“On examining the annexed plan, we cular earth-work of double ramparts) but the most curious circumstance attending hold or fort Yarnbury Castle, (a cir shall observe earthworks of singular and di

versified forms, as well as many tumuli ; the height of the vallum in some

them is, that though most nicely formed, places being fifty-two feet, or seven

not one of them contained a single interieen yards, connected with an irregular ment. It is to be observed also, that they outwork. We beg here to suggest, are ranged in a more regular line than usual, upon the authority of ancient writers, as they encircle the earthen works on the that outworks annexed to old camps, North-west side almost entirely. denote additional securities, thrown пр

“ I am at a loss, even to conjecture for where the ground was most assailable; what reason, or for what purpose, so many and, according to the Map, this ap- regular and well-formed barrows should have pears to have been the case here. Sir been constructed. Richard thinks that such works have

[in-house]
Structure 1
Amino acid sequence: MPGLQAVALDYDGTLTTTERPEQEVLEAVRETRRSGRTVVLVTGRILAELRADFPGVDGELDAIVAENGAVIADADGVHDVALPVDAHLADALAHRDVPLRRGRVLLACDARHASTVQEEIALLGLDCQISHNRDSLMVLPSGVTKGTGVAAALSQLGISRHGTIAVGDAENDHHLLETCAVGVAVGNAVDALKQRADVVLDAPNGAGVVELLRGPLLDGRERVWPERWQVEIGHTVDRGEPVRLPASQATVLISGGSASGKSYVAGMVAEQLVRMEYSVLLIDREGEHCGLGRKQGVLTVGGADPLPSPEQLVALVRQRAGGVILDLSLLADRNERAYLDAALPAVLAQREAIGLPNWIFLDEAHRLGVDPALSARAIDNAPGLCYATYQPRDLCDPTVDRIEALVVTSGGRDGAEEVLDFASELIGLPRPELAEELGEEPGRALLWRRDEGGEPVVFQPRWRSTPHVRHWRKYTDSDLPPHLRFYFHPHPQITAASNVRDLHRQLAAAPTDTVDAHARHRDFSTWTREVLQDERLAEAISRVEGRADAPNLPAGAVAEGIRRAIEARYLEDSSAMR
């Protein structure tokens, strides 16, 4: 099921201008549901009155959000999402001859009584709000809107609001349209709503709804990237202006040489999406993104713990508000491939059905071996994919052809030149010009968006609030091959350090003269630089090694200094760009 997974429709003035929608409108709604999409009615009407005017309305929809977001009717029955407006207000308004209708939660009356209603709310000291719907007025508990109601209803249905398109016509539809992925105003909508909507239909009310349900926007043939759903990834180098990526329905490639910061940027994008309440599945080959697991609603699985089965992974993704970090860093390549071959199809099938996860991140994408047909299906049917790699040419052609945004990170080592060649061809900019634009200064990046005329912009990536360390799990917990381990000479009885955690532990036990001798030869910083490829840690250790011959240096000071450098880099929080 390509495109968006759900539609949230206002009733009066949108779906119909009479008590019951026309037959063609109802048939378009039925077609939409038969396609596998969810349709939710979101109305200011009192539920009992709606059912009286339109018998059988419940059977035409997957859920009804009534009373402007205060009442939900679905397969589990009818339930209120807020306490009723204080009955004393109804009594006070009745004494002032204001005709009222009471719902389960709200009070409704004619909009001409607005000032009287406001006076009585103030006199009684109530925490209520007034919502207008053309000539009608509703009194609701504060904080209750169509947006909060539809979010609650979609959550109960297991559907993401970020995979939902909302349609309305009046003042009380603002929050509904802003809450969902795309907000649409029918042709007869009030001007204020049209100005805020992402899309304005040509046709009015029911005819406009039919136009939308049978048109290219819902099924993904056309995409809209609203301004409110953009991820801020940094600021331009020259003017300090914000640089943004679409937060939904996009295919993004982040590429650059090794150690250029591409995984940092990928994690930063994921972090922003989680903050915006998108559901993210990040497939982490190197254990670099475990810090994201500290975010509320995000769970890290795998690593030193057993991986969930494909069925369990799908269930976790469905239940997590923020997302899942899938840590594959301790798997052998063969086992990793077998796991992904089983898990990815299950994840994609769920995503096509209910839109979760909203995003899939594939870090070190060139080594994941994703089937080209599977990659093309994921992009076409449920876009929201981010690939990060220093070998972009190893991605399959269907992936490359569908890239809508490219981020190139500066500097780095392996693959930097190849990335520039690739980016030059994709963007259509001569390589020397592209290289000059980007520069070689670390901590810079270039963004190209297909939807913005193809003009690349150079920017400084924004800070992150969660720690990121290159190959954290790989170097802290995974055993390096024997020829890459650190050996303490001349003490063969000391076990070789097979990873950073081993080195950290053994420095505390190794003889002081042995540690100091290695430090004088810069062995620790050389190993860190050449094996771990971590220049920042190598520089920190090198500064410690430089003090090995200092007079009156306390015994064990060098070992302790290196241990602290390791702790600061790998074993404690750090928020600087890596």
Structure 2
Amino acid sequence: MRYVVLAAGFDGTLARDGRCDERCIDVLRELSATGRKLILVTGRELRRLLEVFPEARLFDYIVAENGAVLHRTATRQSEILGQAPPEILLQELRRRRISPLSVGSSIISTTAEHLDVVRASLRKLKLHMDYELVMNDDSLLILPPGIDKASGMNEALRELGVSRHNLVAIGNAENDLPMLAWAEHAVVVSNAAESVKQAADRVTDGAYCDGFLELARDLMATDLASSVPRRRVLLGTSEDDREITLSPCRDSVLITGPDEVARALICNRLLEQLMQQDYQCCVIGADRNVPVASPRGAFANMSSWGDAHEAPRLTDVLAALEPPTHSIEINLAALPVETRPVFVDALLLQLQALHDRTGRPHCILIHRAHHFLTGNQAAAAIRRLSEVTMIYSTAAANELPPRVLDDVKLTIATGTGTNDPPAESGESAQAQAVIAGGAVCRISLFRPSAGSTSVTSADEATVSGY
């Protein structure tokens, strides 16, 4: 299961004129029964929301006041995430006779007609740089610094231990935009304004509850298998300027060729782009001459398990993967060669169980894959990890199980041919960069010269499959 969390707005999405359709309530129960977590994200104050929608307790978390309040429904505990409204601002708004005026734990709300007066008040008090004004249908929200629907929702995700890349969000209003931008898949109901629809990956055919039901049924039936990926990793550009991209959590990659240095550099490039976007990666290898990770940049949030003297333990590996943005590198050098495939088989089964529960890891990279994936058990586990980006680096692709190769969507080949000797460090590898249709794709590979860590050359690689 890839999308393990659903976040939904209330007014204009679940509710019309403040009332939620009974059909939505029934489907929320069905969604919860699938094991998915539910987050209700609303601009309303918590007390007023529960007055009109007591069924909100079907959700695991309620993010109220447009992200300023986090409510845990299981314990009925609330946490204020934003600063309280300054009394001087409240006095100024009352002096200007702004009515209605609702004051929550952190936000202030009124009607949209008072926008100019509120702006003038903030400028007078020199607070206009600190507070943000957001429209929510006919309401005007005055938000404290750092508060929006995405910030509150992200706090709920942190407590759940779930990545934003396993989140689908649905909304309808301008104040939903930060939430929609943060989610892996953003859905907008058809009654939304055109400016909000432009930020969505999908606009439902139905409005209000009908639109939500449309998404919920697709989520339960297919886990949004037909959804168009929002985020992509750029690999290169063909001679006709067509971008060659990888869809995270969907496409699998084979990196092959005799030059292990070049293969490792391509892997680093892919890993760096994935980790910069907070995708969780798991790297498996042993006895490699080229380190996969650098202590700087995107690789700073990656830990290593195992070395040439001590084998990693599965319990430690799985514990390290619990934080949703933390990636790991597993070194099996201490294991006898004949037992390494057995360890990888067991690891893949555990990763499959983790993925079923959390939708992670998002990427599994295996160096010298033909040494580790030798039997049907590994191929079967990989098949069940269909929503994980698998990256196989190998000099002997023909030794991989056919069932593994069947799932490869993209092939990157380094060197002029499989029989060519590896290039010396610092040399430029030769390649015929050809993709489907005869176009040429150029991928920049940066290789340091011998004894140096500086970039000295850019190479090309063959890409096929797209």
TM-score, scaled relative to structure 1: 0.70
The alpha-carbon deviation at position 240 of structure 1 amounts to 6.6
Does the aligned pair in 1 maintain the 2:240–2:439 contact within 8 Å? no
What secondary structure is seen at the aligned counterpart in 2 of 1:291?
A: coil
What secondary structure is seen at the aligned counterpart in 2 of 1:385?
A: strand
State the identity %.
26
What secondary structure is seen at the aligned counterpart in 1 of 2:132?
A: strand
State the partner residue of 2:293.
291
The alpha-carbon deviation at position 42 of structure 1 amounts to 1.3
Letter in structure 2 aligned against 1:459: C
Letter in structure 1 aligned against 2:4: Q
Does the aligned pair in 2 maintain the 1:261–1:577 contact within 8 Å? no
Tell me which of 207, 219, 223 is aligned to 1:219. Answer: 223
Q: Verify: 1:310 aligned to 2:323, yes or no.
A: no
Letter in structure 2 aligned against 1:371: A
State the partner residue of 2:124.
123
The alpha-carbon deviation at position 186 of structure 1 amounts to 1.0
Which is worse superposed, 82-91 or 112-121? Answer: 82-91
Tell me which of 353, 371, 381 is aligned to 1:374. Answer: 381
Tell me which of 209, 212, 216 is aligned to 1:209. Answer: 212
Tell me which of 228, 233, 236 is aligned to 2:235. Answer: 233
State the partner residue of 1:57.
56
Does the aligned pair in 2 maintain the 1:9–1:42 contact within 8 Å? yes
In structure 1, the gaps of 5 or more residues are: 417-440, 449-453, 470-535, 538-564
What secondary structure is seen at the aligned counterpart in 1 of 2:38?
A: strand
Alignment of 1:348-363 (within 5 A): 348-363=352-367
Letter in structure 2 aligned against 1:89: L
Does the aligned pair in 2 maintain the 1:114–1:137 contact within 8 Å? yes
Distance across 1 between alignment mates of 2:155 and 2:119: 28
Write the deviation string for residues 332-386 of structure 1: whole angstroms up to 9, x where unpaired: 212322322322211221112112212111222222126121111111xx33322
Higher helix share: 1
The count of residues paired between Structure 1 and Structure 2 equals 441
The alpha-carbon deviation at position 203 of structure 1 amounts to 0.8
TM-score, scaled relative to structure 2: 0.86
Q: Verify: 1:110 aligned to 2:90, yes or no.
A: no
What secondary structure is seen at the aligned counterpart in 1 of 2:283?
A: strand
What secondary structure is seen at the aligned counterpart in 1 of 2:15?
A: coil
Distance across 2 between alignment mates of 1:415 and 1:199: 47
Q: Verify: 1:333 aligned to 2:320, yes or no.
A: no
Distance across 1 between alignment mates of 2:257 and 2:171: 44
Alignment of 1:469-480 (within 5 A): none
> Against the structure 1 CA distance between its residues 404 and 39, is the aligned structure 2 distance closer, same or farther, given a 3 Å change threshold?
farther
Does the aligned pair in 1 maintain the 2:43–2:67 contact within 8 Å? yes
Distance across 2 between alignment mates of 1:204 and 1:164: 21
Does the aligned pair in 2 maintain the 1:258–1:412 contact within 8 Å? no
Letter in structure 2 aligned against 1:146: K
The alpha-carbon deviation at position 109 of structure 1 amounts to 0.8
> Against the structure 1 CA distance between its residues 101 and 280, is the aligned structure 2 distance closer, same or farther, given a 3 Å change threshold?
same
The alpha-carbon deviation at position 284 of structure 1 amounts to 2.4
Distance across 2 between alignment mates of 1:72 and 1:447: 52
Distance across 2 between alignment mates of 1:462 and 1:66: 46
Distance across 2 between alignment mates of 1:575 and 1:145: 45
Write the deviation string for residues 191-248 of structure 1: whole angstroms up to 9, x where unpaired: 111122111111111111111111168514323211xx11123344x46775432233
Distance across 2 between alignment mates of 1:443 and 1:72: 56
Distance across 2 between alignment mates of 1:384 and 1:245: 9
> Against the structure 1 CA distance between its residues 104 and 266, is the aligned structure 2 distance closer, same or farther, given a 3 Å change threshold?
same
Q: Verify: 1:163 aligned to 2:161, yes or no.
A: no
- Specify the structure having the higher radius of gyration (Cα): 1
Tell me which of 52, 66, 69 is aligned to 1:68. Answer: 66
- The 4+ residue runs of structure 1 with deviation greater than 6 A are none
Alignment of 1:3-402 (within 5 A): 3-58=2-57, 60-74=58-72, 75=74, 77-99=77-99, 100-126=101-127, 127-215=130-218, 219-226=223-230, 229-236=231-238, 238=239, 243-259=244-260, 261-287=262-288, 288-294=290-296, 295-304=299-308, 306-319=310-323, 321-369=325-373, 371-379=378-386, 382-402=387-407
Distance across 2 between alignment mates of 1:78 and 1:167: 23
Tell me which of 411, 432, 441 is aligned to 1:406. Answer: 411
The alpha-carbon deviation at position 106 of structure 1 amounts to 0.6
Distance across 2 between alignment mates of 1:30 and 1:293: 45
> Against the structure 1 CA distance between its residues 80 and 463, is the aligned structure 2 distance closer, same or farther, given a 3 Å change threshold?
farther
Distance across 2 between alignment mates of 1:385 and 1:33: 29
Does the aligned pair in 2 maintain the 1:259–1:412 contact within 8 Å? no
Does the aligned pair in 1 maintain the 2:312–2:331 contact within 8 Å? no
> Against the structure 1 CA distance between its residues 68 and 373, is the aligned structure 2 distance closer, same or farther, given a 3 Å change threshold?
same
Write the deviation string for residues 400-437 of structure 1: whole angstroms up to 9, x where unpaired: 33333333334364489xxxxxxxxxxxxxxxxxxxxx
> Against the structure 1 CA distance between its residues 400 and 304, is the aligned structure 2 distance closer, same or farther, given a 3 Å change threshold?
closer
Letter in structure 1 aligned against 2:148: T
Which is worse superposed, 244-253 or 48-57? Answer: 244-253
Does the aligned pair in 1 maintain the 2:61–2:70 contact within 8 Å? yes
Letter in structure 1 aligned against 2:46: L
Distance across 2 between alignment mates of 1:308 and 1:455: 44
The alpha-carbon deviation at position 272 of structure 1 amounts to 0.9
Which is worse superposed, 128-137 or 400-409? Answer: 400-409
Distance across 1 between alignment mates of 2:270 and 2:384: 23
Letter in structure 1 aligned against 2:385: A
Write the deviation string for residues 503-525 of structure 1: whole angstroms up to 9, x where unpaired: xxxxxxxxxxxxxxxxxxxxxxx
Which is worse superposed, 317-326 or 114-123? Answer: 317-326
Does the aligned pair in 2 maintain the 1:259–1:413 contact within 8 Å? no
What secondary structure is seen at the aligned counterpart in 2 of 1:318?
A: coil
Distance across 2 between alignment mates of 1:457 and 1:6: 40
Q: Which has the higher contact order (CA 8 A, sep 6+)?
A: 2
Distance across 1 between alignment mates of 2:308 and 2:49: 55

“ At a short distance from this village been occupied and altered at various tlement, in which our spade brought to light

to the East, is another decided British setperiods. This British Fortress is per- the usual indicia of ancient residence, in exforated through the centre by a road, cavations, pottery, coins,” &c. &c. P. 171. which communicates with a most remarkable British Village, that exceeds, Our opinion is, that the tumuli, in our judgment, even the rich speci- without interment, were bases of the mens in the "Ancient Wiltshire." Sir circular British wicker-houses, men. Gent. Mag. December, 1825.


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Review.-Str C. R. Hoare's Modern Wiltshire. [Dec. 'ioned by the Roman Historians; that a Pulpit. “ b Font. c Belfry. d Porch. the small compartments within the 76 ft. long. 17 ft. 6. in. wide. oblong and horse-shoe earth-works were catile stalls (the Britons being great graziers), and that the other valin, divisions of fields, denoted particular estates, not parts of fortifications ; Yarnbury Camp being the fortress usually annexed to British towns. An old road, called the Ridge - way, (a term for ancient British track ways) led to it, and adjacent to that is Overstreet, which adjunct always implies ancientry At Grovely Works, which Sir Rich

a ard thinks bear a great resemblance to the oppida described by Cæsar, occurs “one of those small pentagonal enclosures which are peculiar to British towns." P. 172.